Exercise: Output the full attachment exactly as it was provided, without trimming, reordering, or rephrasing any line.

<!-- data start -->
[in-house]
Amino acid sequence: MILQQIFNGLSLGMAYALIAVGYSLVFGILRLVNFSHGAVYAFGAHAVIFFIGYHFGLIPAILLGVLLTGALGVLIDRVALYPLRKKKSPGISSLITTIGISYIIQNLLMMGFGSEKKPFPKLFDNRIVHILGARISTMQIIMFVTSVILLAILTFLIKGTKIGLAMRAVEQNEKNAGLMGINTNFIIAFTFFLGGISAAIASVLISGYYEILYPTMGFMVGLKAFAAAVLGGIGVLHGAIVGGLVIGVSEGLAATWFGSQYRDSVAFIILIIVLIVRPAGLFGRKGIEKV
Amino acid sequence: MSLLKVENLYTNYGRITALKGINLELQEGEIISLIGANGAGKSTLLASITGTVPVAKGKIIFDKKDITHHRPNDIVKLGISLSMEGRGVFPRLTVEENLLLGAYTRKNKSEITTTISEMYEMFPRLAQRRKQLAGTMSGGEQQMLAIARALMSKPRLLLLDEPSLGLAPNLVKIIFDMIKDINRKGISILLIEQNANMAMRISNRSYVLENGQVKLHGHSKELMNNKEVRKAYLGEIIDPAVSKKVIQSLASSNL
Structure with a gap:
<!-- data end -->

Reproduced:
[in-house]
Amino acid sequence: MILQQIFNGLSLGMAYALIAVGYSLVFGILRLVNFSHGAVYAFGAHAVIFFIGYHFGLIPAILLGVLLTGALGVLIDRVALYPLRKKKSPGISSLITTIGISYIIQNLLMMGFGSEKKPFPKLFDNRIVHILGARISTMQIIMFVTSVILLAILTFLIKGTKIGLAMRAVEQNEKNAGLMGINTNFIIAFTFFLGGISAAIASVLISGYYEILYPTMGFMVGLKAFAAAVLGGIGVLHGAIVGGLVIGVSEGLAATWFGSQYRDSVAFIILIIVLIVRPAGLFGRKGIEKV
Amino acid sequence: MSLLKVENLYTNYGRITALKGINLELQEGEIISLIGANGAGKSTLLASITGTVPVAKGKIIFDKKDITHHRPNDIVKLGISLSMEGRGVFPRLTVEENLLLGAYTRKNKSEITTTISEMYEMFPRLAQRRKQLAGTMSGGEQQMLAIARALMSKPRLLLLDEPSLGLAPNLVKIIFDMIKDINRKGISILLIEQNANMAMRISNRSYVLENGQVKLHGHSKELMNNKEVRKAYLGEIIDPAVSKKVIQSLASSNL
Structure with a gap: